surgical extraction.

Lower impacted third molar (LITM) surgical extraction usually causes complications such as dysaesthesia, severe
infection, bone fracture and dry
socket3. It may also cause facial swelling
and severe pain that may seem important
0901-5027/030376 + 04 $36.00/0

to patients. Previous studies2,12,13
have reported that dexamethasone, a
well-known corticosteroid, attenuated
the inflammatory mediators released
from injury tissue and white blood
cells1.

Keywords: dexamethasone; lower impacted
third molar; pain; facial swelling; visual analogue scale; surgical extraction; postoperation..
Accepted for publication 1 December 2011
Available online 28 December 2011

SKJELBRED and LØKKEN11 studied the
effect of a single intramuscular preoperative injection of 9 mg betamethasone on
postoperative pain and swelling in bilateral LITM surgical extraction. Others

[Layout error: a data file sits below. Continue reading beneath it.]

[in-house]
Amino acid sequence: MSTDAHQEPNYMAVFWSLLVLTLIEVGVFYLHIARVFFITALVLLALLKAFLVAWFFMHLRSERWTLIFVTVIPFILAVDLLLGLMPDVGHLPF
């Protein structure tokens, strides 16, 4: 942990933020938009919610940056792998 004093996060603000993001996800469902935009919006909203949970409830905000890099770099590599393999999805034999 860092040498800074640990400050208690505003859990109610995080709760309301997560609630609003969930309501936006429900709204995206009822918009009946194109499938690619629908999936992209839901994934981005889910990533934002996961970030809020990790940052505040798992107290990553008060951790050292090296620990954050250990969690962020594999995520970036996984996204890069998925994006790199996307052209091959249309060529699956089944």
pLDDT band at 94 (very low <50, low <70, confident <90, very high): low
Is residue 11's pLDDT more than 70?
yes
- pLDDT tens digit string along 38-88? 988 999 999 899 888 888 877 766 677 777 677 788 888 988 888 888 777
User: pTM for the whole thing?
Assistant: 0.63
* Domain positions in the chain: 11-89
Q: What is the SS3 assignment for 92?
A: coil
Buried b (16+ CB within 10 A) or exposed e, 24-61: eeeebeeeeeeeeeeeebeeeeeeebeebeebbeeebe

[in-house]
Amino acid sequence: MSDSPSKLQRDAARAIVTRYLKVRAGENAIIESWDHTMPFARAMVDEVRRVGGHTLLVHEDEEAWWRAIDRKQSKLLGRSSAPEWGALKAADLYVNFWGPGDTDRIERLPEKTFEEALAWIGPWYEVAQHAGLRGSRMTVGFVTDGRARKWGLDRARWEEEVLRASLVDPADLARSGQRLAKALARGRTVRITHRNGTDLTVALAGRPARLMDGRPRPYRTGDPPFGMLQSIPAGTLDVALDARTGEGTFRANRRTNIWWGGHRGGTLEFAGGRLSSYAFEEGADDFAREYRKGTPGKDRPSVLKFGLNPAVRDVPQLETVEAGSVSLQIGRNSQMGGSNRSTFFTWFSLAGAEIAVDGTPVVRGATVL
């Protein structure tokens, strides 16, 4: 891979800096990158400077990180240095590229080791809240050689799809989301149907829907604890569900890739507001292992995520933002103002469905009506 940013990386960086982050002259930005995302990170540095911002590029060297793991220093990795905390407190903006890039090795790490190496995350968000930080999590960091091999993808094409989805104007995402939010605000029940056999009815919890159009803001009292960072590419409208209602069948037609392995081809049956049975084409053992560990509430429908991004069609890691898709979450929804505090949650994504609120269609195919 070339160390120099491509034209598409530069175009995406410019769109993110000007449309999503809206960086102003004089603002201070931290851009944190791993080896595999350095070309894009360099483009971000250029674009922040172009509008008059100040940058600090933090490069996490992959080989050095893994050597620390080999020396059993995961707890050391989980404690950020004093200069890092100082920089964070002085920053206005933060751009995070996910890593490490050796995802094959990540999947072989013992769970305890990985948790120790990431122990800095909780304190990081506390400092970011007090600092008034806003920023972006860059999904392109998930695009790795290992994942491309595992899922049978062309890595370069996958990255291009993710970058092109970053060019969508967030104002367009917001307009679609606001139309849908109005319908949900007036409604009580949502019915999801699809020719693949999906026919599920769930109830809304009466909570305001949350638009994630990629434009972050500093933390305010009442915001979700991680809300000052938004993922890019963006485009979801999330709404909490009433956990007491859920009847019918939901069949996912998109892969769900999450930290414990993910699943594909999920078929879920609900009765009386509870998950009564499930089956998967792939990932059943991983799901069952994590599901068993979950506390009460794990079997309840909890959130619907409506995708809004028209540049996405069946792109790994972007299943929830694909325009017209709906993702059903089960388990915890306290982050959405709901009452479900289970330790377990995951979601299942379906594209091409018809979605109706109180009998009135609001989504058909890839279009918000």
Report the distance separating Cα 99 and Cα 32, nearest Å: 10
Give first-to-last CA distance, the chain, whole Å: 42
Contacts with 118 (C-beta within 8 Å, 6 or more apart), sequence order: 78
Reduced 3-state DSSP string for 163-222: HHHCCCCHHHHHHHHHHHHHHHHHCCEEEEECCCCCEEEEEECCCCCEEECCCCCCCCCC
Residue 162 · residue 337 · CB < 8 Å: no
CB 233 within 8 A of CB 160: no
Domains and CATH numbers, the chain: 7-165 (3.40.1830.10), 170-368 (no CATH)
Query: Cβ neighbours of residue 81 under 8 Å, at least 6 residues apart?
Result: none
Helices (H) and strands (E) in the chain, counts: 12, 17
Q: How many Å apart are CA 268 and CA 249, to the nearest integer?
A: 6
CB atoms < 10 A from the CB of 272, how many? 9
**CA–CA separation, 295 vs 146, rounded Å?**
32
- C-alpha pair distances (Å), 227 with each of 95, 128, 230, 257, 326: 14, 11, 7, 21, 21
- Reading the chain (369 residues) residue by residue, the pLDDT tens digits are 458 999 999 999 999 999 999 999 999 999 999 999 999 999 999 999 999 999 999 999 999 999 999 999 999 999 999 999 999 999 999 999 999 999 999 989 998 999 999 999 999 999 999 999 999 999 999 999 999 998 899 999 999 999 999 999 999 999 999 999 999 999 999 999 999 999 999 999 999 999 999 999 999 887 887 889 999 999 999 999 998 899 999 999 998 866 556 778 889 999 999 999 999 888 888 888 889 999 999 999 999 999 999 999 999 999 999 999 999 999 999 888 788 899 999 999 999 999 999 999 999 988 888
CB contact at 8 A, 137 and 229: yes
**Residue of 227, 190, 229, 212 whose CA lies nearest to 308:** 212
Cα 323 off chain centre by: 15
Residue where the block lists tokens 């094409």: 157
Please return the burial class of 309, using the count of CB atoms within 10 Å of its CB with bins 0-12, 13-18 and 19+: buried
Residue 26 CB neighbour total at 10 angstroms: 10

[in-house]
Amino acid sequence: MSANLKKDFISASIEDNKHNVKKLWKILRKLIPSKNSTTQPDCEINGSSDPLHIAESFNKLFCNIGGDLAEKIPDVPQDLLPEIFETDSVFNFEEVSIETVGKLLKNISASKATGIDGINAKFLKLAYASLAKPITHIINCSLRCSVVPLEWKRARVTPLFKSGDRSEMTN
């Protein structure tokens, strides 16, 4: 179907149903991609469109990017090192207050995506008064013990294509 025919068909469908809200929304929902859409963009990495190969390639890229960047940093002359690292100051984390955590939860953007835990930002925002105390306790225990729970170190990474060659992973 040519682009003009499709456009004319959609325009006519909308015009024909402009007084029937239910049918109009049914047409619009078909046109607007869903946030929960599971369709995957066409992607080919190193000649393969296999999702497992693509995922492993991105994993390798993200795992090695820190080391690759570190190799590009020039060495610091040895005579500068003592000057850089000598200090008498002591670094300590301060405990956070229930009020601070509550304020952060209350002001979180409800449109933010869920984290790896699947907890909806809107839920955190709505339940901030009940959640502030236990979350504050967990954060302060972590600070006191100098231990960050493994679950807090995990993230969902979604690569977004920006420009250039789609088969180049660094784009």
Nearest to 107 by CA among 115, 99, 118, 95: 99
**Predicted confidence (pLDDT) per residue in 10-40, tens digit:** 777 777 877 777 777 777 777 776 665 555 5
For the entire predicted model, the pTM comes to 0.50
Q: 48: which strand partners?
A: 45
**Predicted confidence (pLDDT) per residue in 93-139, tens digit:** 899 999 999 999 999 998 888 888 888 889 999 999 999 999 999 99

have used corticosteroids peri-operatively.

# 2011 International Association of Oral and Maxillofacial Surgeons. Published by Elsevier Ltd. All rights reserved.

Dexamethasone injection in impacted third molar surgery
In 2000, ALEXANDER et al.1 reviewed the
literature on the use of cortisone, hydrocortisone, methylprednisolone, dexamethasone and betamethasone in dental
surgery, reducing the release of cortisol,
migration inhibiting factor, b-endorphins
and inflammatory tissue mediators
(lymphokines, prostaglandins, serotonin
and bradykinin) from injured tissue. Facial
swelling was decreased; the decrease in bendorphins increased the level of pain.
GRAZIANI et al.6 studied postoperative
pain and facial swelling, using 10 mg
submucosal dexamethasone, 4 mg and
10 mg endo-alveolar powder, all given
peri-operatively. GROSSI et al.7 studied
the effect of submucosal administration
of dexamethasone on discomfort after
mandibular third molar surgery. Studies
on dexamethasone consumption10 noted a
decrease in trismus and facial swelling.
FILHO et al.5 studied the effects of preoperative dexamethasone (4 and 8 mg)
consumption, to decrease pain, facial
swelling and trismus. Dexamethasone of
8 mg was more effective than that of 4 mg
at reducing facial swelling and trismus.
Many types, dosages and times of